Feeding standardisation boosts weight in micro preemies

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A quality-improvement project to standardise feeding practices for micro preemies helped to boost weight and nearly quadrupled the frequency of lactation consultations ordered in the neonatal intensive care unit (NICU), a multi-disciplinary team from Children’s National Health System finds.

According to the US Centres for Disease Control and Prevention, about 1 in 10 infants in 2016 was pre-term, born prior to completing 37 gestational weeks of pregnancy. Micro preemies are the tiniest infants in that group, weighing less than 1,500 grams and born well before their brain, lungs and organs like the liver are fully developed.

As staff reviewed charts for very low birth weight preterm infants admitted to Children’s NICU, they found dramatic variation in nutritional practices among clinicians and a mean decline in delta weight Z-scores, a more sensitive way to monitor infants’ weight gain along growth percentiles for their gestational age. A multidisciplinary team that included dietitians, nurses, neonatologists, a lactation consultant and a quality-improvement leader evaluated nutrition practices and determined key drivers for improving nutrition status.

“We tested a variety of strategies, including standardising feeding practices; maximizing intended delivery of feeds; tracking adequacy of calorie, protein and micronutrient intake; and maximising use of the mother’s own breast milk,” says Dr Michelande Ridoré, a Children’s NICU quality-improvement lead who will present the group’s findings during the Virginia Neonatal Nutrition Association conference this fall.

“We took nothing for granted: We re-educated everyone in the NICU about the importance of the standardised feeding protocol. We shared information about whether infants were attaining growth targets during daily rounds. And we used an infographic to help nursing moms increase the available supply of breastmilk,” Ridoré says.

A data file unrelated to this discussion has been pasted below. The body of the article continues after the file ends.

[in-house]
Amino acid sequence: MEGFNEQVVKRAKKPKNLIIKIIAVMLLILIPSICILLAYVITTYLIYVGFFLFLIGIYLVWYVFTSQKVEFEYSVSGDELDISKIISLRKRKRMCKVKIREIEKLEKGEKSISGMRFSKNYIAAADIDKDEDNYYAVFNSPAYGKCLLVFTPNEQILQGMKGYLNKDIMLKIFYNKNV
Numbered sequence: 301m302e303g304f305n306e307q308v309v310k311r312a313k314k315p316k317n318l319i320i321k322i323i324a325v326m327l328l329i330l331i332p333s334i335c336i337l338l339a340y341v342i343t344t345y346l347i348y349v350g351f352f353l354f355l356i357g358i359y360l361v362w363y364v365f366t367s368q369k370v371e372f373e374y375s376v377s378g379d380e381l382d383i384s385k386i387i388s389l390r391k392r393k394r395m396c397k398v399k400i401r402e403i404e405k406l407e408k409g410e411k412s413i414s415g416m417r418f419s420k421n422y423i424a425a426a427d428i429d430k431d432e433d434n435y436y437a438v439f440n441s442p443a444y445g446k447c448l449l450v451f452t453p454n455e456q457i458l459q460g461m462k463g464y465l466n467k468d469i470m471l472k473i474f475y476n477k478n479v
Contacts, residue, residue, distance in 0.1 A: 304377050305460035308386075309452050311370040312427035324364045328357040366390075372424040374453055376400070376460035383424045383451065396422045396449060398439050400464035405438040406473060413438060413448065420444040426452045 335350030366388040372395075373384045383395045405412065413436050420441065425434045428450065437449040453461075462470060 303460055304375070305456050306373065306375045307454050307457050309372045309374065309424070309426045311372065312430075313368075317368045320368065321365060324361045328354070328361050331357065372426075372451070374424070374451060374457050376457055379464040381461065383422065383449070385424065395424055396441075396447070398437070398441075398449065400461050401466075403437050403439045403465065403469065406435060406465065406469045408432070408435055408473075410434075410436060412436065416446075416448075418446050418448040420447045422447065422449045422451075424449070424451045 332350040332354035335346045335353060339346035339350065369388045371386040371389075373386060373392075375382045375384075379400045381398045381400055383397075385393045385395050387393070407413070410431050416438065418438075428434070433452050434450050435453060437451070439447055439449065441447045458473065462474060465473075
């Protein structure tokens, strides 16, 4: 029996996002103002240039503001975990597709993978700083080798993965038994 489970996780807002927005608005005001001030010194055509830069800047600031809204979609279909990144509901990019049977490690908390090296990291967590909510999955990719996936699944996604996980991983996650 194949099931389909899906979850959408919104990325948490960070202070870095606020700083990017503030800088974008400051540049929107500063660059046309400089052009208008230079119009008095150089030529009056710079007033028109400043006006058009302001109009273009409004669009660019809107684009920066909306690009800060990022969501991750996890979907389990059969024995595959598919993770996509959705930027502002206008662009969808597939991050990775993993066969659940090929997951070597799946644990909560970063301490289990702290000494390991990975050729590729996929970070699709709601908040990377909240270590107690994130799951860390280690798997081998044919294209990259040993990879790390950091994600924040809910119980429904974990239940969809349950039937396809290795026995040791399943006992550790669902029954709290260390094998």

On top of other challenges, very low birth weight preterm infants are born very lean, with minimal muscle. During the third trimester, pregnant women pass on a host of essential nutrients and proteins to help satisfy the needs of the foetus’ developing muscles, bones and brain. “Because preterm infants miss out on that period in utero, we add fortification to provide preemies with extra protein, phosphorus, calcium and zinc they otherwise would have received from mom in the womb,” says Dr Victoria Catalano, a paediatric clinical dietitian in Children’s NICU and study co-author.

Babies’ linear growth is closely related to neurocognitive development, Catalano says. A dedicated RN is assigned to length boards for Children’s highest-risk new-borns to ensure consistency in measurements.

Infants who were admitted within the first seven days of life and weighed less than 1,500 grams were included in the study. At the beginning of the quality-improvement project, the infants’ mean delta Z-score for weight was -1.8. By December 2018, that had improved to -1.3. And the number of lactation consultation ordered weekly increased from 1.1 to four.

“We saw marked improvement in micro preemies’ nutritional status as we reduced the degree of variation in nutrition practices,” says Dr Mary Revenis, NICU medical lead on nutrition and senior author for the research. “Our goal was to increase mean delta Z-scores even more. To that end, we will continue to test other key drivers for improved weight gain, including zinc supplementation, updating infants’ growth trajectories in the electronic medical record and advocating for expanded use of birth mothers’ breast milk,” Revenis says.

Abstract
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Children’s National Health System

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